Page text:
Rosskopf is a proven time trialist, yet his primary job with BMC is to support his team leaders at stage races. Squeezing a trip home for the national championships into the busy WorldTour calendar is hard enough; crafting a training regimen to peak for one 40-minute race is simply impossible.

“I can’t really build my whole season around targeting one race. I don’t have that luxury or even the capability,” he says. “I’m more valuable if I’m consistent and reliable rather than telling the team, ‘I’m going to make all these sacrifices and I’m probably not going to be good at this handful of races just so I can target one build-up period.'”

The June 21st race date also came at a challenging time. Rosskopf was coming off three consecutive stage races, including the punishing Criterium du Dauphiné, which ended just 11 days before the national championships.

“At that point I was worried way more about trying to be as skinny a climber as I could, just because that’s the style of racing,” he says.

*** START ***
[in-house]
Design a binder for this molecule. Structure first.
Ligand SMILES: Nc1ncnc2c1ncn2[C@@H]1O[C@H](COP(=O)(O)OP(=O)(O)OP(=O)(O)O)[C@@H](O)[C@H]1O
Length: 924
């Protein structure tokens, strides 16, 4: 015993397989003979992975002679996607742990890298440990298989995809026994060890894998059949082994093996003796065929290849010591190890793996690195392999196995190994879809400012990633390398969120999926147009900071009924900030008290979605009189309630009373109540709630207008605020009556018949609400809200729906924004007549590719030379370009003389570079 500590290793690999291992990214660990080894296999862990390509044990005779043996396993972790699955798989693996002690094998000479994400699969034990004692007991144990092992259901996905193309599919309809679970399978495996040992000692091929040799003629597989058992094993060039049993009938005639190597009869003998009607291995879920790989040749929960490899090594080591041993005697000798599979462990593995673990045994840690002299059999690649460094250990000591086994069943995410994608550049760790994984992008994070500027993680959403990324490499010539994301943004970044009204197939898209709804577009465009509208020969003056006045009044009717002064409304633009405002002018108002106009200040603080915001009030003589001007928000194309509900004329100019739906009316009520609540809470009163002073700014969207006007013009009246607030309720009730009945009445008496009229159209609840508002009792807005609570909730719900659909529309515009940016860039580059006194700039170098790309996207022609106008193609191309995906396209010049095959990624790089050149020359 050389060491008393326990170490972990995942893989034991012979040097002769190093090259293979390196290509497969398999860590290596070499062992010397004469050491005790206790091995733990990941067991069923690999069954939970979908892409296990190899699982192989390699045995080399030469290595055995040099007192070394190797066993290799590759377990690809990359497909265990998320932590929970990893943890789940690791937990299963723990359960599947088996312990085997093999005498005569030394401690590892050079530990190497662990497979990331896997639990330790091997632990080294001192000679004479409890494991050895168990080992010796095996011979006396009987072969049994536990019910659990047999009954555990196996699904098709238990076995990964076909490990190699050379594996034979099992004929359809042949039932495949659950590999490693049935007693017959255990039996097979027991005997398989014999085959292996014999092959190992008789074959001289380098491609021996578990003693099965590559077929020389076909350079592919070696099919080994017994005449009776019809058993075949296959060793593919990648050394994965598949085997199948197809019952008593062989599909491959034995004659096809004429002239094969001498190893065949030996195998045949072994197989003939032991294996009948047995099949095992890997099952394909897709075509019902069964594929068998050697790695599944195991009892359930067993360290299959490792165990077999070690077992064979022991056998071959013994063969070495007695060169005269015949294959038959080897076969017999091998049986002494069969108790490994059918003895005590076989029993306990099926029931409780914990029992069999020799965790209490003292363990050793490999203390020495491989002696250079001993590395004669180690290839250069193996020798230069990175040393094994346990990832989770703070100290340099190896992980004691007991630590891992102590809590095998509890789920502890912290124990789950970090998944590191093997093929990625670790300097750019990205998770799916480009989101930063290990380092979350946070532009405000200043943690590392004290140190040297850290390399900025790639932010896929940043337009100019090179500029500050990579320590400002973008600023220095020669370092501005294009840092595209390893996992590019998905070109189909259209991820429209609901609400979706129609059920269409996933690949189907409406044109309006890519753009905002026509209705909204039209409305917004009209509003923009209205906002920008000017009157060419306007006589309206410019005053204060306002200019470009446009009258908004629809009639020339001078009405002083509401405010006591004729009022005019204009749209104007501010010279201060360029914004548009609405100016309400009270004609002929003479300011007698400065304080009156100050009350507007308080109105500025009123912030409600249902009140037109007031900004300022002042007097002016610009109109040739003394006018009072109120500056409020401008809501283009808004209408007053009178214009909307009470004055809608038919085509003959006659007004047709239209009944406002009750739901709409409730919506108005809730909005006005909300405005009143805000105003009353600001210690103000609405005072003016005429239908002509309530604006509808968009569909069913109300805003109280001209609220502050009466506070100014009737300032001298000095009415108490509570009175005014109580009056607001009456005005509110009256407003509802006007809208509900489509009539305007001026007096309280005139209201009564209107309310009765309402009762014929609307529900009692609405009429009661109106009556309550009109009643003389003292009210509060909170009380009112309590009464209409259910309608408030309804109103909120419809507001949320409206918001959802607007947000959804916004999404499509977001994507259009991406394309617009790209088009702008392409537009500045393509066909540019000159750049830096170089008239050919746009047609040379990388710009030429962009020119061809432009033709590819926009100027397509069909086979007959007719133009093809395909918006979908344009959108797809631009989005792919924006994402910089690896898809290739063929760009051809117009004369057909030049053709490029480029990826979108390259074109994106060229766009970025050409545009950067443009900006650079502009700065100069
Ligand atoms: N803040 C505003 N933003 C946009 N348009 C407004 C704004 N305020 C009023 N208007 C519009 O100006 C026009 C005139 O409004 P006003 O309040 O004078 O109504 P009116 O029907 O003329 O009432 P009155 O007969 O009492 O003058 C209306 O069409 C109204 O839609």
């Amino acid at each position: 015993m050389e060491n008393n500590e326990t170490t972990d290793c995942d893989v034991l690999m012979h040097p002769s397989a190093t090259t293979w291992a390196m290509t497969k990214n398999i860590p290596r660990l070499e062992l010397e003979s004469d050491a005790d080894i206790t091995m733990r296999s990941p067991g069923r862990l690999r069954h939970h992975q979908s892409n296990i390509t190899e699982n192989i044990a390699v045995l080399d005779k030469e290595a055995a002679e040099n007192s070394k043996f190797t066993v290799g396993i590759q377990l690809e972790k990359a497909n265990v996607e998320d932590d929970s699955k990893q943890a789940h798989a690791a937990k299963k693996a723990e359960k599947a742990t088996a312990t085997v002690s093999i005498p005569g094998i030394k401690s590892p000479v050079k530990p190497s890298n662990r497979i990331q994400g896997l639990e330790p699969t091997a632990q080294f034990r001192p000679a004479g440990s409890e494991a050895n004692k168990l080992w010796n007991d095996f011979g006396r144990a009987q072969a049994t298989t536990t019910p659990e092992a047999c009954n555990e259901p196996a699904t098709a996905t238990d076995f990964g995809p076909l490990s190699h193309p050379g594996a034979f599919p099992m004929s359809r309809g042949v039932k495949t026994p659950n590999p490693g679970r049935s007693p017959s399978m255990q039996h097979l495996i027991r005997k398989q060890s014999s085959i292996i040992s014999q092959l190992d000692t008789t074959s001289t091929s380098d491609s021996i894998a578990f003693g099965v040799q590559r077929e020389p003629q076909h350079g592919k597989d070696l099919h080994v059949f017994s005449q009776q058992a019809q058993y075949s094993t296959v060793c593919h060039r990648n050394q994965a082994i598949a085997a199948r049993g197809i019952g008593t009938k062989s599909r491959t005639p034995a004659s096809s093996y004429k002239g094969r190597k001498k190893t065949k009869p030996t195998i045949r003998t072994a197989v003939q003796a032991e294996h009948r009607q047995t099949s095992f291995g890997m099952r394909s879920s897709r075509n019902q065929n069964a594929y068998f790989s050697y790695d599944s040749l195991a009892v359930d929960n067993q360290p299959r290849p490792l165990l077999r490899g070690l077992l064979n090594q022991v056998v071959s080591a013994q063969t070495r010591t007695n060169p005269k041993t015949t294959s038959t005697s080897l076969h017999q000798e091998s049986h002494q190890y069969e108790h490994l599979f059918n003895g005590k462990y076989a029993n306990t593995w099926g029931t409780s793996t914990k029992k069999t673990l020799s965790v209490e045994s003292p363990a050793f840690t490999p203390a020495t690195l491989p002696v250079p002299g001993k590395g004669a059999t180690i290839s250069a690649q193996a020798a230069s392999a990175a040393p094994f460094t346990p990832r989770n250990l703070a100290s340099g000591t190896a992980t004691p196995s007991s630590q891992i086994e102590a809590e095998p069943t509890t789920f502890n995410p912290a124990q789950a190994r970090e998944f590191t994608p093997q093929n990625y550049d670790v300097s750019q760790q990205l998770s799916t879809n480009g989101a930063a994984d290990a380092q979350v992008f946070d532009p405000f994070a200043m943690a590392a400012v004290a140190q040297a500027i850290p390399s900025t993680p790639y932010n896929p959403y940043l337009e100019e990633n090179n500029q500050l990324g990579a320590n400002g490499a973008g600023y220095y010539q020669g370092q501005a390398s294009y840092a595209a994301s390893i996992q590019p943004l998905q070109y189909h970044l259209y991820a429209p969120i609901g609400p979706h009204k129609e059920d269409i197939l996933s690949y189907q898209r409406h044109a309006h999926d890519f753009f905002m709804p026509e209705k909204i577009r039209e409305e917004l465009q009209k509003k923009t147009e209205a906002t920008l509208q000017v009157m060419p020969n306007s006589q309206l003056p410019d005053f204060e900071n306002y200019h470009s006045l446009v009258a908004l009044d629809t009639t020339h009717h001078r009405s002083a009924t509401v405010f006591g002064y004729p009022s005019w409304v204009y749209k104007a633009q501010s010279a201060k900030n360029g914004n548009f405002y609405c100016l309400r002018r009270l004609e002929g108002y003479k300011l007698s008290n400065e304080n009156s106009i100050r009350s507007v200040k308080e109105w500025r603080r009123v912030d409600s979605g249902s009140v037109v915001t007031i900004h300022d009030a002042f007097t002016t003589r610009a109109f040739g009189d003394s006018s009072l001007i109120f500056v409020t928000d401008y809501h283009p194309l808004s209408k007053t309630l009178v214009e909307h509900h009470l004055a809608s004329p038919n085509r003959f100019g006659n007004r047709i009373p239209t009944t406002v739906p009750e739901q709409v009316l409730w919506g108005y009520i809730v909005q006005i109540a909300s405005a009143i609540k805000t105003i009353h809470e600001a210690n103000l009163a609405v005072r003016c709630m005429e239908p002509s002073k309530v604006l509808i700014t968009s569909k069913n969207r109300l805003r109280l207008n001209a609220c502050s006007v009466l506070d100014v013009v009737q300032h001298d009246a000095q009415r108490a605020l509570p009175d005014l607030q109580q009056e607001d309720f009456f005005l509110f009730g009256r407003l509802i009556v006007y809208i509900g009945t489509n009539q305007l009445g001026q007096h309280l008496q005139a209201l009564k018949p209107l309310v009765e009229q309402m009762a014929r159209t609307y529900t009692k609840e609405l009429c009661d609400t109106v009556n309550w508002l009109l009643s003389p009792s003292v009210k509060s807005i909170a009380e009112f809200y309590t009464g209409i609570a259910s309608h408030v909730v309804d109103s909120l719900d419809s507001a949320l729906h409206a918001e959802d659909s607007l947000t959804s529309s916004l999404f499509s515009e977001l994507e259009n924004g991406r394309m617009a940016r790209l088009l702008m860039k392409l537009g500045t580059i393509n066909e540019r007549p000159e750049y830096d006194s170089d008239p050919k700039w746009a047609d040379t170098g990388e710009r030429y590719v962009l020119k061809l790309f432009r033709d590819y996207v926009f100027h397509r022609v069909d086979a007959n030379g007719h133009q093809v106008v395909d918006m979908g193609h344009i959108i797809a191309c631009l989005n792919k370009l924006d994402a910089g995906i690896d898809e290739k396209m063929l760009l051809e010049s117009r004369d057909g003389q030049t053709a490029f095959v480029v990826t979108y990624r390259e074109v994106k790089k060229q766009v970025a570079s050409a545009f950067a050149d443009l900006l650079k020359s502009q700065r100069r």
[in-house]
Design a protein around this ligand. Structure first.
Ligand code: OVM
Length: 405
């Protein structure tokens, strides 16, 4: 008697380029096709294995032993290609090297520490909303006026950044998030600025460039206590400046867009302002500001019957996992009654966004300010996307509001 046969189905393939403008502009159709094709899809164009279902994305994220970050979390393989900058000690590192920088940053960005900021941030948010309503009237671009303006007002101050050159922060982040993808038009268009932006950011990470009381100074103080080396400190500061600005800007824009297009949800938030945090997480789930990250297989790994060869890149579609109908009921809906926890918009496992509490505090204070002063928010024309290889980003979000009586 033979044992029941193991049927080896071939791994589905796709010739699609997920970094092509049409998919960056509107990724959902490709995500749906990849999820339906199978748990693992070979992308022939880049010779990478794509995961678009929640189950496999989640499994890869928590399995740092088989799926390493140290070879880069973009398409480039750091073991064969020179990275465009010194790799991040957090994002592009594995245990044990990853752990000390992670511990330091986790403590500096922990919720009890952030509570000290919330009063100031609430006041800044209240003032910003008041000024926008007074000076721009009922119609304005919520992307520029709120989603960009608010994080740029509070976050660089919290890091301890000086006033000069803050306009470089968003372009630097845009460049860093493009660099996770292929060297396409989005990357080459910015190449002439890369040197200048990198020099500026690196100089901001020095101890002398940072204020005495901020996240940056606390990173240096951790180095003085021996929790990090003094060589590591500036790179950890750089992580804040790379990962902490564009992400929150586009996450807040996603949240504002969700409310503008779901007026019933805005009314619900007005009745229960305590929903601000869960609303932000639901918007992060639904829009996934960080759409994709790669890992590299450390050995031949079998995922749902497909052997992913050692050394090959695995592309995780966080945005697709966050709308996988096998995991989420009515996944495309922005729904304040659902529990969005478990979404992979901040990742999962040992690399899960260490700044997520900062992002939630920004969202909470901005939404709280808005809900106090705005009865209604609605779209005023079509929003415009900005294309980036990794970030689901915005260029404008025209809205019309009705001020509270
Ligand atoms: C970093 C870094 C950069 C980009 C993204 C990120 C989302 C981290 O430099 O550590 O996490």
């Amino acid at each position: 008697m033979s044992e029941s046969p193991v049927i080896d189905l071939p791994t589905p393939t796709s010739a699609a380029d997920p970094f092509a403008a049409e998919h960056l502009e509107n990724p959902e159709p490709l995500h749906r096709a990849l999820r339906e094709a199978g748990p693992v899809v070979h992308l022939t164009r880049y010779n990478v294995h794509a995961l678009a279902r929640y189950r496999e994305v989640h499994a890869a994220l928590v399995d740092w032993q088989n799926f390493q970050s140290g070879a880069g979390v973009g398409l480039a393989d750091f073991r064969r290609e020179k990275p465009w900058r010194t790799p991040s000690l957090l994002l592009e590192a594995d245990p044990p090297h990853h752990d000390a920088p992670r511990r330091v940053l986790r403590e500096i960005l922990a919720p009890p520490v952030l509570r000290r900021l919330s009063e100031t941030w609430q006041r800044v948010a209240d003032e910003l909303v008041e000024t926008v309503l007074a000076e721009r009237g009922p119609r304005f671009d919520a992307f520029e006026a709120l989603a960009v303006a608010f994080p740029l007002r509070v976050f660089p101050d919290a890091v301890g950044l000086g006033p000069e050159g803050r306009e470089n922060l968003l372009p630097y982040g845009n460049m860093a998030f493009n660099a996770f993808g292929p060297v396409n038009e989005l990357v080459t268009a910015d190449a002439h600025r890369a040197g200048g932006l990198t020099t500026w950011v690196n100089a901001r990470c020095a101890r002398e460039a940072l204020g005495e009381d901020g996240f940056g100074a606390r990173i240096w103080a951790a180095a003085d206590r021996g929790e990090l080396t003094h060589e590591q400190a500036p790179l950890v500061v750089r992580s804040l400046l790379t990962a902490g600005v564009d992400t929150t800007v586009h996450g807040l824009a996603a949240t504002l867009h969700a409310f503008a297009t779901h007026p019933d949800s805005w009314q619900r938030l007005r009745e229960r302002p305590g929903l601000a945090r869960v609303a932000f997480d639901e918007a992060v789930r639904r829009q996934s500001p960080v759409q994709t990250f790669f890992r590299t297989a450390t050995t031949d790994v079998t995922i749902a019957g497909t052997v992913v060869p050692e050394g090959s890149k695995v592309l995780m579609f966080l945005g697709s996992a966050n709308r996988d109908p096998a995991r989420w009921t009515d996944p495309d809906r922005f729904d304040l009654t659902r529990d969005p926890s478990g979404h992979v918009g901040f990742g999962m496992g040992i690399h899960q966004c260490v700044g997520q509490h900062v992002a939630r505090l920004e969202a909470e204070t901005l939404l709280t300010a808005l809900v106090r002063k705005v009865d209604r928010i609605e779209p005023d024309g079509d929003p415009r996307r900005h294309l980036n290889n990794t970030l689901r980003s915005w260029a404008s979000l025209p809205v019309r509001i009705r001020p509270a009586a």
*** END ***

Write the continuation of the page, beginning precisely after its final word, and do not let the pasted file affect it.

Rosskopf helped teammate Damiano Caruso secure a 5th place finish at the French race, and immediately traveled to his home in Girona, Spain for some last-minute training. For an entire week he rode his time trial bike with a training regimen that worked “all the different body systems.”

“I do eight or 10-minute threshold efforts or even accelerations,” he says. “Instead of a real sprint workout it’d be all seated accelerations, but still pretty similar [to normal training].”